Another thing that keeps me thinking recently.
There is a lot of discussions in the blogosphere about merging between weblogs and other systems (e-mails, IM, wikis, etc.) [e.g. Weblogging is merging with…?, The future of the weblog as a communication tool (1) and (2)]
I would like to look a bit broader and ask why people need less (or even one) systems to do what they want to do? It’s clearly about time and convenience, but I’d like to see scientific explanations and studies.
This question is related to several things I do:
1. The need for integration and it’s assumed value is one of the drives for my studies of KM/learning connections. Next to organisational issues I’d like to see one entry point personal learning/ searching/ sharing space.
2. I constantly bump into the idea of communities competing for their members attention. The number of communities/groups/environments for someone to belong is limited. [I remember reading related discussion in blogs or at Knowledge Board, but I can’t find it]. It’s becomes visible in the blogosphere (e.g. Ton’s post – “since I’ve been writing my own blog, for a little over half a year now, I’ve seen my contributions to KnowledgeBoard plummet to, well to nothing really”), it also appears in some of interviews we do studying knowledge sharing, and it is consistent with my personal experience. Making choices between different communities is more complex than deciding which tools to use, but still there is a question of choices between multiple platforms.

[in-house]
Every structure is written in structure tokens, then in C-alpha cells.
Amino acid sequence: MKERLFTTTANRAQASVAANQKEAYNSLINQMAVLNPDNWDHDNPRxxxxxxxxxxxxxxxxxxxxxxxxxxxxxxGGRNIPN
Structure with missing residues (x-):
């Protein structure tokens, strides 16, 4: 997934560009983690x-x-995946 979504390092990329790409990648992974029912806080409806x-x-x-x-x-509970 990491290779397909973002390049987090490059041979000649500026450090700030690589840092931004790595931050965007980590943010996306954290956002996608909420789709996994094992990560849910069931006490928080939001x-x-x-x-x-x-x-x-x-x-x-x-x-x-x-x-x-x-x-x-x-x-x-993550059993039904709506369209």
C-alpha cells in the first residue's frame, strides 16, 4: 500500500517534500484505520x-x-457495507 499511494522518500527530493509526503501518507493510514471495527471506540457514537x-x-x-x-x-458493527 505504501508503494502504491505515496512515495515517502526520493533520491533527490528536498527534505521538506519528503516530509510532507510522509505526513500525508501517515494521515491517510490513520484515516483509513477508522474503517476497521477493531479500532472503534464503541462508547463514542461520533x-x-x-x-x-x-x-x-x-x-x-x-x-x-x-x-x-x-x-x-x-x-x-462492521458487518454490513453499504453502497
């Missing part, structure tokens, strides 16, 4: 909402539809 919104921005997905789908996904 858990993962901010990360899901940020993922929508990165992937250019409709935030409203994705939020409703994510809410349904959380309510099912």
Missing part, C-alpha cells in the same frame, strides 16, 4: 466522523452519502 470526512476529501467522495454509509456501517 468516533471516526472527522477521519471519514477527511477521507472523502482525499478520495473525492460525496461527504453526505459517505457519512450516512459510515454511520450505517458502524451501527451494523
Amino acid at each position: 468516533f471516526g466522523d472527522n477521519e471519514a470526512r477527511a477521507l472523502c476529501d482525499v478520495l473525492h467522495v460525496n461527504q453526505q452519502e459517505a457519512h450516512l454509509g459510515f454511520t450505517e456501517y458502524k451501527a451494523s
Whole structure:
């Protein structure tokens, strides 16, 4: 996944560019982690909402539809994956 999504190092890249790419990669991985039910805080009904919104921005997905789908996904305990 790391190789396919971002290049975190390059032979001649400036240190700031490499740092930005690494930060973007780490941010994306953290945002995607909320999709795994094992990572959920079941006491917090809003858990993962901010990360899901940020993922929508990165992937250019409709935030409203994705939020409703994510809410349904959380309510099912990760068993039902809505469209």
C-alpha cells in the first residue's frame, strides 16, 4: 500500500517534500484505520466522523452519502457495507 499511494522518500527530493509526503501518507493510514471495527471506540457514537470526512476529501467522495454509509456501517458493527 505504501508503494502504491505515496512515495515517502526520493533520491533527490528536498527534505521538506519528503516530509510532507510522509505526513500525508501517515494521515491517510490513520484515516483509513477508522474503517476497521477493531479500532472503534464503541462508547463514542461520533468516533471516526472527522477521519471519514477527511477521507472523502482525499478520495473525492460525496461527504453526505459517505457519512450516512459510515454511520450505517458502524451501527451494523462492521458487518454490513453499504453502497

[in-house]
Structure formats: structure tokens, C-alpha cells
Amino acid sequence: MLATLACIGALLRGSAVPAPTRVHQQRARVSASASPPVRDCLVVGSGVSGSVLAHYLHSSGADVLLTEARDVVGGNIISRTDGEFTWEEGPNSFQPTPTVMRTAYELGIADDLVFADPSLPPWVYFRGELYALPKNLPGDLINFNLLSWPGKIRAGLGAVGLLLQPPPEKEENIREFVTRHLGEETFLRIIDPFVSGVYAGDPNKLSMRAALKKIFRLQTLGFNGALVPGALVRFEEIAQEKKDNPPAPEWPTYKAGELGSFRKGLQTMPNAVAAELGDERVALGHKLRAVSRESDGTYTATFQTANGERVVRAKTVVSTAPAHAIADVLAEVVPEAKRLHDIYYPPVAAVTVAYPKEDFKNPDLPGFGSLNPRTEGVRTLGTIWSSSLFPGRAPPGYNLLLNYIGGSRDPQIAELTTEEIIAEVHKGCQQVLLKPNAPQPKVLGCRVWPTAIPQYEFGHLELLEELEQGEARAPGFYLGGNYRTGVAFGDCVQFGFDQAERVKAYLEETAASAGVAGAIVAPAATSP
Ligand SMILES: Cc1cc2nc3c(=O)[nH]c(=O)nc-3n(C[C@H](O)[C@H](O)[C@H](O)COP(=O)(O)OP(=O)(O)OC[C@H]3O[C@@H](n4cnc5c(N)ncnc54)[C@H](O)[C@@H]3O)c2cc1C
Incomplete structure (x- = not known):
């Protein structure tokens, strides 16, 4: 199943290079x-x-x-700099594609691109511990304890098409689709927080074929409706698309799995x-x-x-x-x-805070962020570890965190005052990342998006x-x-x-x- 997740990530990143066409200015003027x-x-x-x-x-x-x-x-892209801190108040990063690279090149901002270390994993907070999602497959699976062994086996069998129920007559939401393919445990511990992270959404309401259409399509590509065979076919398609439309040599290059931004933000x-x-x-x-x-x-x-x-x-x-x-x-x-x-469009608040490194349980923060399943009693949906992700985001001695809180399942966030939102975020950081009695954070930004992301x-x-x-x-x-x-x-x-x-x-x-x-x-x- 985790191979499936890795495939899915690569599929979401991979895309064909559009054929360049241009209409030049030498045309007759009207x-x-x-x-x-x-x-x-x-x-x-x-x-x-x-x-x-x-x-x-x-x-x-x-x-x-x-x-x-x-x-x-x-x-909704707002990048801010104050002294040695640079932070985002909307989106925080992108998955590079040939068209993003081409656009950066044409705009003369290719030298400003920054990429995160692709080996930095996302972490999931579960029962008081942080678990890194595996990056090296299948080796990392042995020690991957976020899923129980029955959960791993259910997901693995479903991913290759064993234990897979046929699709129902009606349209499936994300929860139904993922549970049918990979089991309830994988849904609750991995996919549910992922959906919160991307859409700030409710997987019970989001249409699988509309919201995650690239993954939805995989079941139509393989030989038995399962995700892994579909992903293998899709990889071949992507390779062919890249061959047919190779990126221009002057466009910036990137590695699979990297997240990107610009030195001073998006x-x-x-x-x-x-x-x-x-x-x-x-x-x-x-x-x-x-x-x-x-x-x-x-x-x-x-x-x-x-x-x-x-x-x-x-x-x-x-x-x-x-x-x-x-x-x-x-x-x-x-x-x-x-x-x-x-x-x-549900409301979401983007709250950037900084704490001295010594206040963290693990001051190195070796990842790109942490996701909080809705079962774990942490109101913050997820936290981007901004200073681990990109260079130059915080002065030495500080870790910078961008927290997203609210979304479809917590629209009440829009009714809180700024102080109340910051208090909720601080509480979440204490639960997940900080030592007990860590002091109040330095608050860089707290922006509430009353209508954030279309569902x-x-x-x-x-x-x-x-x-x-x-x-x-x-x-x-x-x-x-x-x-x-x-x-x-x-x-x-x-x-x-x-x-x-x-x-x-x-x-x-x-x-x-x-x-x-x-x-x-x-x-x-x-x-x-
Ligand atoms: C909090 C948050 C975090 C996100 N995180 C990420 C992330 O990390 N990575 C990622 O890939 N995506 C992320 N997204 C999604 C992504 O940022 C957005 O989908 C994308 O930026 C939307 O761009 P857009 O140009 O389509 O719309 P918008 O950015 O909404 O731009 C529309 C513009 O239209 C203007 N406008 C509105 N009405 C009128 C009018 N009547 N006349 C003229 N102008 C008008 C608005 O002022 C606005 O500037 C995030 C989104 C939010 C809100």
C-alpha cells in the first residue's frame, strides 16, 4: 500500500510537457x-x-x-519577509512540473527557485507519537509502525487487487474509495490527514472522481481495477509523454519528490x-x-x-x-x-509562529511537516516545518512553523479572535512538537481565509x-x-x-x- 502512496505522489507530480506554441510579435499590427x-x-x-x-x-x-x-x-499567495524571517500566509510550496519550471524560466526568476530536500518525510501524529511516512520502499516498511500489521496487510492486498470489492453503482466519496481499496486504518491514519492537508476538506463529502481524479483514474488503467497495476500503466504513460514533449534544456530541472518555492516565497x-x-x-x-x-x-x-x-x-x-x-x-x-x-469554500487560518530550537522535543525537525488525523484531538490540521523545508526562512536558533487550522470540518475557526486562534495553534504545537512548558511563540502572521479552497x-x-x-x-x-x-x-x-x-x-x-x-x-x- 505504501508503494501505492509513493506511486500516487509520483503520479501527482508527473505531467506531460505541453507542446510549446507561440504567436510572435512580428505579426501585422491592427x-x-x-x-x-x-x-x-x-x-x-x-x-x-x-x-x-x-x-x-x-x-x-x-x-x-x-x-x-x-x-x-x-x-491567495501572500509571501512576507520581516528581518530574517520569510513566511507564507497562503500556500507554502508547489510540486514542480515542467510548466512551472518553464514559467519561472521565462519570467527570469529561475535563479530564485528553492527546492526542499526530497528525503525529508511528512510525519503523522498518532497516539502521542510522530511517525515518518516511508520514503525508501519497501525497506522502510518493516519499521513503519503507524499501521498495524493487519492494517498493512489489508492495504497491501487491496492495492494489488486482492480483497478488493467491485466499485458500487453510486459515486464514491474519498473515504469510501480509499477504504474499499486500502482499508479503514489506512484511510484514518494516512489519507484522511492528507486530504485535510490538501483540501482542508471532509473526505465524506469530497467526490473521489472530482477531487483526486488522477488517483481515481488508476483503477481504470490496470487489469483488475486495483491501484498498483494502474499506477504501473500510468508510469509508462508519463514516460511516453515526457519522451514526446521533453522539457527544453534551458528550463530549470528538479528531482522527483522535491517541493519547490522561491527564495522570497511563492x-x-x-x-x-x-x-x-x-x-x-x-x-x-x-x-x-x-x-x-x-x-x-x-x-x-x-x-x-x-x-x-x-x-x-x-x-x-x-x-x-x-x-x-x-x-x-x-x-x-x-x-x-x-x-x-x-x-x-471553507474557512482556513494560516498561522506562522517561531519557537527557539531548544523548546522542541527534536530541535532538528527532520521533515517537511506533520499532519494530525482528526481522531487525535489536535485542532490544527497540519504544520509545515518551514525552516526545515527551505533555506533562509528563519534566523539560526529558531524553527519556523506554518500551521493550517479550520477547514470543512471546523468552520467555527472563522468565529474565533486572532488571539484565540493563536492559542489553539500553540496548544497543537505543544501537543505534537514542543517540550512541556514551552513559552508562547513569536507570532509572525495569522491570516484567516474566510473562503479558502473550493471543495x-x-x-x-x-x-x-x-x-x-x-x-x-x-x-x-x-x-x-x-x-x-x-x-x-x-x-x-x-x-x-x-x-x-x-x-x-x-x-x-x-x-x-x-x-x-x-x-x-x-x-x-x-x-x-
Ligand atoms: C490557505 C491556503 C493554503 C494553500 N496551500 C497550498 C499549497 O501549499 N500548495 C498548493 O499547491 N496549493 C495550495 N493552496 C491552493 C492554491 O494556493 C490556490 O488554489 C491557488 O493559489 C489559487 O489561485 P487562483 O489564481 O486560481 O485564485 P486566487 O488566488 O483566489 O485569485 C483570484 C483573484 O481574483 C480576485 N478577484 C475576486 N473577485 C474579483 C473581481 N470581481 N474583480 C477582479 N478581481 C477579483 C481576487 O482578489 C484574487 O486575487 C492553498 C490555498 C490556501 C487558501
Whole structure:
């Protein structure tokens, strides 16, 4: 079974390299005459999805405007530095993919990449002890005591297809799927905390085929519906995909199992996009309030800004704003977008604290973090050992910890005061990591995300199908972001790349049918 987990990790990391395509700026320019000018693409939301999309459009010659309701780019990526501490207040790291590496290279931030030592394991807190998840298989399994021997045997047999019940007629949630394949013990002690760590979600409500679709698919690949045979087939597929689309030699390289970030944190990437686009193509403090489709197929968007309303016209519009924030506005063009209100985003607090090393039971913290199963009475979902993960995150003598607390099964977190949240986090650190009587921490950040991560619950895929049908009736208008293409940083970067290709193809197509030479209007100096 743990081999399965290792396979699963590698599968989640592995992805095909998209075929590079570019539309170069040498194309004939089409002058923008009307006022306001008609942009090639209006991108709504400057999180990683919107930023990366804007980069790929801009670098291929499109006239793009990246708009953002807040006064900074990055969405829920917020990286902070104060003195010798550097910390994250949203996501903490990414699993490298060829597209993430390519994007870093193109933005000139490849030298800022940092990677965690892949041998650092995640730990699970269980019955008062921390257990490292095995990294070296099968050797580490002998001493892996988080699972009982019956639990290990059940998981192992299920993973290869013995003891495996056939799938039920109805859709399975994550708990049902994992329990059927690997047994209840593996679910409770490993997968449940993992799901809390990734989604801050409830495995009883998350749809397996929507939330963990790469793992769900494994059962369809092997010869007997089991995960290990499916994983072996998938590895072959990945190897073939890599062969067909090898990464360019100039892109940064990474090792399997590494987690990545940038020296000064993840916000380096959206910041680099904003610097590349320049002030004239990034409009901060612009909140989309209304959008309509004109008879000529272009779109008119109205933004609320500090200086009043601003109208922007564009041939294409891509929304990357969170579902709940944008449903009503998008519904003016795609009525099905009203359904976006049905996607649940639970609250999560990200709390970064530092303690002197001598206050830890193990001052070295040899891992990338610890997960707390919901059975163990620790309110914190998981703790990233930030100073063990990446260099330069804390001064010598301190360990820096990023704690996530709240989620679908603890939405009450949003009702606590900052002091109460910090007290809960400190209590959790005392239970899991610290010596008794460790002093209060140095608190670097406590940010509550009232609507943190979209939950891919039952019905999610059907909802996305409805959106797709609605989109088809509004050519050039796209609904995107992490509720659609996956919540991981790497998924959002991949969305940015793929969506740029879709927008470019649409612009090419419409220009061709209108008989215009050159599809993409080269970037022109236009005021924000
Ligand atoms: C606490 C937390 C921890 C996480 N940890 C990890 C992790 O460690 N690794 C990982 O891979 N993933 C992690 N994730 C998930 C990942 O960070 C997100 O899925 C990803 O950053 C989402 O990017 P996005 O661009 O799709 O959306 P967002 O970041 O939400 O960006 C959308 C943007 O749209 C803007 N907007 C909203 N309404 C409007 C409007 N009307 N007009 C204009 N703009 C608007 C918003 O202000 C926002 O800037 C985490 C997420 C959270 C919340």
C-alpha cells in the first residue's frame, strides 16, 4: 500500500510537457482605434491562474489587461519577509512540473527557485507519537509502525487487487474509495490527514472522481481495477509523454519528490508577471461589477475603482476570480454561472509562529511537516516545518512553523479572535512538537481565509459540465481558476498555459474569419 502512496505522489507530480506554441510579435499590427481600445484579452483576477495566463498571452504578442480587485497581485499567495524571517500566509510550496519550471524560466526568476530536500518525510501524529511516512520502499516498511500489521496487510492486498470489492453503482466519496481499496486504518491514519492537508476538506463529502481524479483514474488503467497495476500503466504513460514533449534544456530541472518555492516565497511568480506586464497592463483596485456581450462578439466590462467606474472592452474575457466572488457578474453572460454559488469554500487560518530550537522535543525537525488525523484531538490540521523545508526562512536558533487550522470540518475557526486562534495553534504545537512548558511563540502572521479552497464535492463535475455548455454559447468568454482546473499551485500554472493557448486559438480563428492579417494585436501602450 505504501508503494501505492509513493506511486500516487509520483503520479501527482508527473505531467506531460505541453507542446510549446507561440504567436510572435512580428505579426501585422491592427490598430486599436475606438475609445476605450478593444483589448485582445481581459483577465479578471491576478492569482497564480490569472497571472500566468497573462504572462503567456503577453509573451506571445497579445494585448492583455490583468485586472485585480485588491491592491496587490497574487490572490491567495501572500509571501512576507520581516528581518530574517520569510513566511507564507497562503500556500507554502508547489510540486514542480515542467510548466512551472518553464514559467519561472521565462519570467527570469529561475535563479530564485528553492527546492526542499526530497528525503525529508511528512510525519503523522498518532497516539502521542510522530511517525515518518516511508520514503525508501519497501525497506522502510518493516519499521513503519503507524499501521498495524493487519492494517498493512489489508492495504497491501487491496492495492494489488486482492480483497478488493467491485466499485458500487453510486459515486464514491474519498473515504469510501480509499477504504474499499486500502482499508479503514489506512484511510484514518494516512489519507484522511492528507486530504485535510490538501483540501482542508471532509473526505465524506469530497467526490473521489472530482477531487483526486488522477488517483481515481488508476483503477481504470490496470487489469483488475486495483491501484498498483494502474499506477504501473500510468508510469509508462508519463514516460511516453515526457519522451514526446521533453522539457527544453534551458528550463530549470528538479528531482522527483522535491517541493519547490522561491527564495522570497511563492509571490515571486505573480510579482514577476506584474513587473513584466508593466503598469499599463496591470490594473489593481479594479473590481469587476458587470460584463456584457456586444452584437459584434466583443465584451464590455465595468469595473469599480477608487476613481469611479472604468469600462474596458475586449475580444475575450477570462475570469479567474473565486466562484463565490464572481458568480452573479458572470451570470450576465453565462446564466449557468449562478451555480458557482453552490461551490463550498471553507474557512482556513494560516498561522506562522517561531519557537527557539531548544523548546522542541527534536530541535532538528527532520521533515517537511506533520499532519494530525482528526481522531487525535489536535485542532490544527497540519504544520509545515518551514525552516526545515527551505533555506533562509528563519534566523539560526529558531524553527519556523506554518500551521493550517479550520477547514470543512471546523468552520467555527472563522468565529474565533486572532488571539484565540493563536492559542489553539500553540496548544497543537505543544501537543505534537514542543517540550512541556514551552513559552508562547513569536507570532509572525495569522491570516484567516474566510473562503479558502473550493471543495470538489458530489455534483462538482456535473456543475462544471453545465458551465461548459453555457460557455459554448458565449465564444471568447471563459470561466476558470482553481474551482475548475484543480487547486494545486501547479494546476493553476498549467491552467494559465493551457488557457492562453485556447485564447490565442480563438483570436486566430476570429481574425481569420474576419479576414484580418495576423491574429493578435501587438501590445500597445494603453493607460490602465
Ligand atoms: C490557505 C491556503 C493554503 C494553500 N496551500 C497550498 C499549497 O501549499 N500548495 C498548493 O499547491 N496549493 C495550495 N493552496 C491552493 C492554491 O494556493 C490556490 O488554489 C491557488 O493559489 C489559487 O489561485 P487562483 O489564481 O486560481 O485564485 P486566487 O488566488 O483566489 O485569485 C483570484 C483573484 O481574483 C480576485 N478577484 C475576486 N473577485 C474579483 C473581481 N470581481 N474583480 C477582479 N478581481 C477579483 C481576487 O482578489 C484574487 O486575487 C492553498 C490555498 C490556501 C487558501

So, I’m looking for explanations of why and how people choose tools to communicate. So far I found two relevant concepts, both without much details.
1. Media competition
In his I-KNOW keynote Gerhard Fischer used this term to address the choice that people made using the easiest media to communicate instead of the one intended by designer. I googled the web-site, but came across only one reference that explains it: Talking to strangers: an evaluation of the factors affecting electronic collaboration by Steve Whittaker. This paper describes a study of factors influencing use of Lotus Notes and gives examples of talking face-to-face or mailing instead of posting to the database (looks so familiar 🙂
2. Media stickiness
Don’t mix it with Gladwell’s stickiness, in this case it is used in a negative sense. New Methods for Studying Global Virtual Teams: Towards a Multi-Faceted Approach (Steinfield et al., 2001) describes the study of communication between virtual teams and provides one interesting observation: teams stick to using not ideal tools once they started to use them.
…each team tended to continue using the media they initially had chosen to use in a consistent fashion over time…
…groups engaged in seemingly irrational behaviour, sometimes failing to take advantage of more efficient communications tools…
…We observed that teams learn to use a tools and subsequently mutually adapt the tool and the tasks so that they do not need to diverge much from their past experiences.
I don’t know yet how to formulate my follow-up thoughts, so that’s it so far. Other references are welcome.